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Trump suggests 2020 election result can never be accurate

WASHINGTON (Reuters) - U.S. President Donald Trump escalated his unfounded attacks on mail-in voting on Thursday, suggesting the result of the 2020 presidential race could never be accurately determined in a Twitter post that would undermine any winner, including him.

FILE PHOTO: U.S. President Donald Trump speaks to reporters during a news conference in the Brady Press Briefing Room at the White House in Washington, U.S., September 16, 2020. REUTERS/Leah Millis/File Photo

Trump, lagging his Democratic challenger Joe Biden in public opinion polls, has continued to make unsubstantiated attacks on voting by mail as vulnerable to fraud as state officials embrace it as an alternative to in-person balloting during the coronavirus pandemic. Election experts who have studied decades of U.S. elections say fraud is rare.

“Because of the new and unprecedented massive amount of unsolicited ballots which will be sent to ‘voters,’ or wherever, this year, the Nov 3rd Election result may NEVER BE ACCURATELY DETERMINED, which is what some want. Another election disaster yesterday. Stop Ballot Madness!” Trump said in a tweet.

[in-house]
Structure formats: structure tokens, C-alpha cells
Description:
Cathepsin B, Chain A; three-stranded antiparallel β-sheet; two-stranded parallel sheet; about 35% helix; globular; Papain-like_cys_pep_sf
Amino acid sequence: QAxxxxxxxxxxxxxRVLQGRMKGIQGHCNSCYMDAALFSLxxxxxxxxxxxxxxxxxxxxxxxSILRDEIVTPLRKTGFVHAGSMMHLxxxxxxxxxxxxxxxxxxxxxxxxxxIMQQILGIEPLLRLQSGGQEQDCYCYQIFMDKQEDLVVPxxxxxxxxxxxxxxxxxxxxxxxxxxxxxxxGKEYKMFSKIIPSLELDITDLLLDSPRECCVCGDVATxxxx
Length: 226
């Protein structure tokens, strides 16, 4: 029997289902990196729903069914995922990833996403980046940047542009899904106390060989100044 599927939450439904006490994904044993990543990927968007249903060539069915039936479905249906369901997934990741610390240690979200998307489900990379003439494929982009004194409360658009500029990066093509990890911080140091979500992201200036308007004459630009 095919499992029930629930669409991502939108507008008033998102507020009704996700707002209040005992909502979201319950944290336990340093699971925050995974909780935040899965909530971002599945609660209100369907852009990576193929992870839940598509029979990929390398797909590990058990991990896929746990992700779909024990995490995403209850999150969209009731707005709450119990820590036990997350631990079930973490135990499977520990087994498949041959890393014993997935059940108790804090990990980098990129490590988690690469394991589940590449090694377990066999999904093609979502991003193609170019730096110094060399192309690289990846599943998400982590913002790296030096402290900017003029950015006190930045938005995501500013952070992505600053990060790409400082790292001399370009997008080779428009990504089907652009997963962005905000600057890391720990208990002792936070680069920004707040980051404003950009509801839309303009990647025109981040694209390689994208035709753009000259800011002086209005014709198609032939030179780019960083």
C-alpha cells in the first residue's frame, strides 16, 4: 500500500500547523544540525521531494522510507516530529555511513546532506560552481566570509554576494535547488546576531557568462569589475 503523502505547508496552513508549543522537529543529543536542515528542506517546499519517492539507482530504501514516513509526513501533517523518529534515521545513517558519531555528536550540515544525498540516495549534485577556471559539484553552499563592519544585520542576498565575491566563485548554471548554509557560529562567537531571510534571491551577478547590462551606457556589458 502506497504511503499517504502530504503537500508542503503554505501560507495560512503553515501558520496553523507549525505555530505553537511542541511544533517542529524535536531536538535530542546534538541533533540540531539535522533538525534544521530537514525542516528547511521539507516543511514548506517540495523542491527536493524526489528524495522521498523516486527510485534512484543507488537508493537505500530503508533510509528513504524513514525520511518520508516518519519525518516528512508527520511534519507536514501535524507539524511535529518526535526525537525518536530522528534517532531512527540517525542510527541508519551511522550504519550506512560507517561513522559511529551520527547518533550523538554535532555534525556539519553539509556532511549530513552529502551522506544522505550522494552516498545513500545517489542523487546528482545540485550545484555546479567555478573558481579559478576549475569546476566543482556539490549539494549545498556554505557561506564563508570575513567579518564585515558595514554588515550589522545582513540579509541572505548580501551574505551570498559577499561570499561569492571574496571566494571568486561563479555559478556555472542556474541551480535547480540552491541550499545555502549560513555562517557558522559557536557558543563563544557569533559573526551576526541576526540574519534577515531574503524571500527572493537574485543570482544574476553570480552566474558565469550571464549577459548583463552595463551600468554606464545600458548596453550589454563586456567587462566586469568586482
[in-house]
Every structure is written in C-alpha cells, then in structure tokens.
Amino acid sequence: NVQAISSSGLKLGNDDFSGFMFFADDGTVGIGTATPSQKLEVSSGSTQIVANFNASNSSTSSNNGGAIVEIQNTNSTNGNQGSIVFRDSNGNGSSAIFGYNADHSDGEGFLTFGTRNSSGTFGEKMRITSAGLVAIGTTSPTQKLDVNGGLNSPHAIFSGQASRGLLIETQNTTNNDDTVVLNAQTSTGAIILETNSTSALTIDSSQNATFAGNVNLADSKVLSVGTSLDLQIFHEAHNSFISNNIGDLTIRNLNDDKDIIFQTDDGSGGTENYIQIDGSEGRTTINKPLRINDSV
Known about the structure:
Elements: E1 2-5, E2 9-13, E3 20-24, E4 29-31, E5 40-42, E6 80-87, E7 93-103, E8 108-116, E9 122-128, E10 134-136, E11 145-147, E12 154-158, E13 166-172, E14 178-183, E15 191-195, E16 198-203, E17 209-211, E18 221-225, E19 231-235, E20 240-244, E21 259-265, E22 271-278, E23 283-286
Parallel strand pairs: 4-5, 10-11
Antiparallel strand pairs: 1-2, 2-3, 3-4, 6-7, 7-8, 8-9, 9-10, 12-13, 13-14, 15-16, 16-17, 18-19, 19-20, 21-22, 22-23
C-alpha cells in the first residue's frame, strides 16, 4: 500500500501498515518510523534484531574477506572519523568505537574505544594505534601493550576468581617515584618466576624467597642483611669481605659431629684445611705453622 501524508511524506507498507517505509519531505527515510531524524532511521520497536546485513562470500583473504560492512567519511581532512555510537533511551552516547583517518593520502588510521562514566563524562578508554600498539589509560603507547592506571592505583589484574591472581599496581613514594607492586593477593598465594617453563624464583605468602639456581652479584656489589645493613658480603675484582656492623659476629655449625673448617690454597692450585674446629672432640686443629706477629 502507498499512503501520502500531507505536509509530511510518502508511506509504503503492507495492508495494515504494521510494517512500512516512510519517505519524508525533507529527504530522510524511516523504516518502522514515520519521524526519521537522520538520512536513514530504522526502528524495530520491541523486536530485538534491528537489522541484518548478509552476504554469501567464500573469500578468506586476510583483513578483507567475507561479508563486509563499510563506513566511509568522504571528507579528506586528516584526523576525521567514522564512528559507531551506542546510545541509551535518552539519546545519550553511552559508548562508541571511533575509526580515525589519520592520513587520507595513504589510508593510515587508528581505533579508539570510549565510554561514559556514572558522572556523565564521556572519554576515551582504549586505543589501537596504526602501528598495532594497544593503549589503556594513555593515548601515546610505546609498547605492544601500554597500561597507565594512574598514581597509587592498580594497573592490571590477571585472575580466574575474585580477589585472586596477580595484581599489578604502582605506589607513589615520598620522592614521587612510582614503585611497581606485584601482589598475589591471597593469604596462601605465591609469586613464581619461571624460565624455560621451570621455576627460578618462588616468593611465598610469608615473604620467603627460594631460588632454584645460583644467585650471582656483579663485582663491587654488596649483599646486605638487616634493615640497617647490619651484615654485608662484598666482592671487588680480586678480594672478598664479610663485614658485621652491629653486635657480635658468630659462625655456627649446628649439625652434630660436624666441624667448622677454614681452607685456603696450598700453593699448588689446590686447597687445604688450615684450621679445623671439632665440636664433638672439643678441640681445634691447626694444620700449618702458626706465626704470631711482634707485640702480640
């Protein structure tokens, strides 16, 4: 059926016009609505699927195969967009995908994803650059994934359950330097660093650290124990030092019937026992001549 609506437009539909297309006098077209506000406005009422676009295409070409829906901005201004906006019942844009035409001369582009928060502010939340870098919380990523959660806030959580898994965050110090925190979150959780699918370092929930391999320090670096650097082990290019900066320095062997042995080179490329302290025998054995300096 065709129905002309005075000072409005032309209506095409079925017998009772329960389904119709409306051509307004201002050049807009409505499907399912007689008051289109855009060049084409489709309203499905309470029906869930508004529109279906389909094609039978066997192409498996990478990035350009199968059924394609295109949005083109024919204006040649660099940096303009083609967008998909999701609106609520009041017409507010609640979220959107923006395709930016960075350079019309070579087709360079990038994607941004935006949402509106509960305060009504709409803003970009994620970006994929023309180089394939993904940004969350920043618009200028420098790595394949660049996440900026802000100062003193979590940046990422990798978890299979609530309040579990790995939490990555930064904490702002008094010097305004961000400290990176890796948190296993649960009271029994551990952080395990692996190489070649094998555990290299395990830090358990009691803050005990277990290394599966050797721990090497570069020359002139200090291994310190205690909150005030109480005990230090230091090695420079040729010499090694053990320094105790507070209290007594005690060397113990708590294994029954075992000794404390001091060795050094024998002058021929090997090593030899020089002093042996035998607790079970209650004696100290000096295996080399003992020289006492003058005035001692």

Sixteen states require an excuse to vote absentee, such as illness or travel. The other 34 states allow any registered voter to request a mail ballot. Trump has claimed, without evidence, that the latter system is prone to fraud although Americans have long voted by mail.

One in four ballots in 2016 were cast by mail.

The Nov. 3 election promises to be the nation’s largest test of voting by mail, and the two major parties are locked in numerous lawsuits that will shape how millions of Americans exercise their right to vote.

The Biden campaign responded with a statement it put out after a Trump attack on mail-in voting in July. “The American people will decide this election. And the United States government is perfectly capable of escorting trespassers out of the White House,” spokesman Andrew Bates said in the statement.

Democratic voters, meanwhile, are embracing mail-in ballots at rates well ahead of their Republican counterparts, according to data from recent state and local elections.

The trend has alarmed Republicans, more than two dozen Republican officials from six politically competitive states told Reuters last month. They worry Democrats will bank significantly more mail-in votes by November, a deficit that may be tough to overcome if the pandemic depresses turnout on Election Day.

In Pennsylvania, a state Trump narrowly won in 2016 and that is considered important to his reelection effort, the Trump campaign sought to ban drop boxes and other changes to mail-balloting procedures. A federal judge issued a stay on that lawsuit in August, pending action on similar lawsuits in state courts.

The Trump campaign has also filed lawsuits in Nevada, New Jersey and Montana over mail-in voting issues since August.

Reporting by Doina Chiacu; Editing by Scott Malone and Paul Simao

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